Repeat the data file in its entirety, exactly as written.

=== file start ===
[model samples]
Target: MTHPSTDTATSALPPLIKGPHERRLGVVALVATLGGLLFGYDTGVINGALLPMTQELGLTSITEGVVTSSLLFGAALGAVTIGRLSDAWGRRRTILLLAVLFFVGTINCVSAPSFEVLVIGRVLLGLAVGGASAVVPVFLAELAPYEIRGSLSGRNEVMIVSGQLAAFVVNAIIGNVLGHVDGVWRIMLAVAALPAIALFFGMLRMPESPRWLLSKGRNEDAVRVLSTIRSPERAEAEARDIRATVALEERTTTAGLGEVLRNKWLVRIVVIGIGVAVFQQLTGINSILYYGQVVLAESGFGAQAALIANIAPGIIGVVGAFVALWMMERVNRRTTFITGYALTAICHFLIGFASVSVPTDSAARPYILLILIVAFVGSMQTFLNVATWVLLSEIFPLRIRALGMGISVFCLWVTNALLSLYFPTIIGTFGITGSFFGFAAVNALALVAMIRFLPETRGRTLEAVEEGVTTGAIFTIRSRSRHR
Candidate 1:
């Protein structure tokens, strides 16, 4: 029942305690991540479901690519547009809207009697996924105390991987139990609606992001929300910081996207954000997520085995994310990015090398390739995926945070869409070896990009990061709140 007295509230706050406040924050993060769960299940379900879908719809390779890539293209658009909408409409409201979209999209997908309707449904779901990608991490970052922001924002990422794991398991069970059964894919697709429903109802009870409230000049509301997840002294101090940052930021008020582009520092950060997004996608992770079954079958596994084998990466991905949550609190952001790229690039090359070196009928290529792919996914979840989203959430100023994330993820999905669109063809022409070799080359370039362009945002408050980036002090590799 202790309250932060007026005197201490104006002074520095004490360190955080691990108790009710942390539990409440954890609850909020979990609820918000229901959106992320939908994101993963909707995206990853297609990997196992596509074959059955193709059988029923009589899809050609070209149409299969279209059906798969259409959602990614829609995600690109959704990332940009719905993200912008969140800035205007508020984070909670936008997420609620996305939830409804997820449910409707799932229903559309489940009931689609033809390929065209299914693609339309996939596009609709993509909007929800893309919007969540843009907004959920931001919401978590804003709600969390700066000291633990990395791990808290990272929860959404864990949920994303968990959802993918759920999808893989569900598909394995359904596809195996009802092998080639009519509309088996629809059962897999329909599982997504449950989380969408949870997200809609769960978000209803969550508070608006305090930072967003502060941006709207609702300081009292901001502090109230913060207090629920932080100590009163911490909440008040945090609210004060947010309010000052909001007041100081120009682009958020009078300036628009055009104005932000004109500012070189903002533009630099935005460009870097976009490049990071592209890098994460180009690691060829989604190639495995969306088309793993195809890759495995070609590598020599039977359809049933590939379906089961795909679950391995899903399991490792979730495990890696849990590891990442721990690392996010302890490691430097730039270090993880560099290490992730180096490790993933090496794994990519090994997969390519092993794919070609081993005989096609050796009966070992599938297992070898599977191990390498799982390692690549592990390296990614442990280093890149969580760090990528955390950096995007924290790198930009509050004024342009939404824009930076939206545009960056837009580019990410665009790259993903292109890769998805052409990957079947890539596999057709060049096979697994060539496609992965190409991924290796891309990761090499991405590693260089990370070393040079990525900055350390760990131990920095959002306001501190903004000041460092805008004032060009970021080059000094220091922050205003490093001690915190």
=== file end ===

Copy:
[model samples]
Target: MTHPSTDTATSALPPLIKGPHERRLGVVALVATLGGLLFGYDTGVINGALLPMTQELGLTSITEGVVTSSLLFGAALGAVTIGRLSDAWGRRRTILLLAVLFFVGTINCVSAPSFEVLVIGRVLLGLAVGGASAVVPVFLAELAPYEIRGSLSGRNEVMIVSGQLAAFVVNAIIGNVLGHVDGVWRIMLAVAALPAIALFFGMLRMPESPRWLLSKGRNEDAVRVLSTIRSPERAEAEARDIRATVALEERTTTAGLGEVLRNKWLVRIVVIGIGVAVFQQLTGINSILYYGQVVLAESGFGAQAALIANIAPGIIGVVGAFVALWMMERVNRRTTFITGYALTAICHFLIGFASVSVPTDSAARPYILLILIVAFVGSMQTFLNVATWVLLSEIFPLRIRALGMGISVFCLWVTNALLSLYFPTIIGTFGITGSFFGFAAVNALALVAMIRFLPETRGRTLEAVEEGVTTGAIFTIRSRSRHR
Candidate 1:
């Protein structure tokens, strides 16, 4: 029942305690991540479901690519547009809207009697996924105390991987139990609606992001929300910081996207954000997520085995994310990015090398390739995926945070869409070896990009990061709140 007295509230706050406040924050993060769960299940379900879908719809390779890539293209658009909408409409409201979209999209997908309707449904779901990608991490970052922001924002990422794991398991069970059964894919697709429903109802009870409230000049509301997840002294101090940052930021008020582009520092950060997004996608992770079954079958596994084998990466991905949550609190952001790229690039090359070196009928290529792919996914979840989203959430100023994330993820999905669109063809022409070799080359370039362009945002408050980036002090590799 202790309250932060007026005197201490104006002074520095004490360190955080691990108790009710942390539990409440954890609850909020979990609820918000229901959106992320939908994101993963909707995206990853297609990997196992596509074959059955193709059988029923009589899809050609070209149409299969279209059906798969259409959602990614829609995600690109959704990332940009719905993200912008969140800035205007508020984070909670936008997420609620996305939830409804997820449910409707799932229903559309489940009931689609033809390929065209299914693609339309996939596009609709993509909007929800893309919007969540843009907004959920931001919401978590804003709600969390700066000291633990990395791990808290990272929860959404864990949920994303968990959802993918759920999808893989569900598909394995359904596809195996009802092998080639009519509309088996629809059962897999329909599982997504449950989380969408949870997200809609769960978000209803969550508070608006305090930072967003502060941006709207609702300081009292901001502090109230913060207090629920932080100590009163911490909440008040945090609210004060947010309010000052909001007041100081120009682009958020009078300036628009055009104005932000004109500012070189903002533009630099935005460009870097976009490049990071592209890098994460180009690691060829989604190639495995969306088309793993195809890759495995070609590598020599039977359809049933590939379906089961795909679950391995899903399991490792979730495990890696849990590891990442721990690392996010302890490691430097730039270090993880560099290490992730180096490790993933090496794994990519090994997969390519092993794919070609081993005989096609050796009966070992599938297992070898599977191990390498799982390692690549592990390296990614442990280093890149969580760090990528955390950096995007924290790198930009509050004024342009939404824009930076939206545009960056837009580019990410665009790259993903292109890769998805052409990957079947890539596999057709060049096979697994060539496609992965190409991924290796891309990761090499991405590693260089990370070393040079990525900055350390760990131990920095959002306001501190903004000041460092805008004032060009970021080059000094220091922050205003490093001690915190």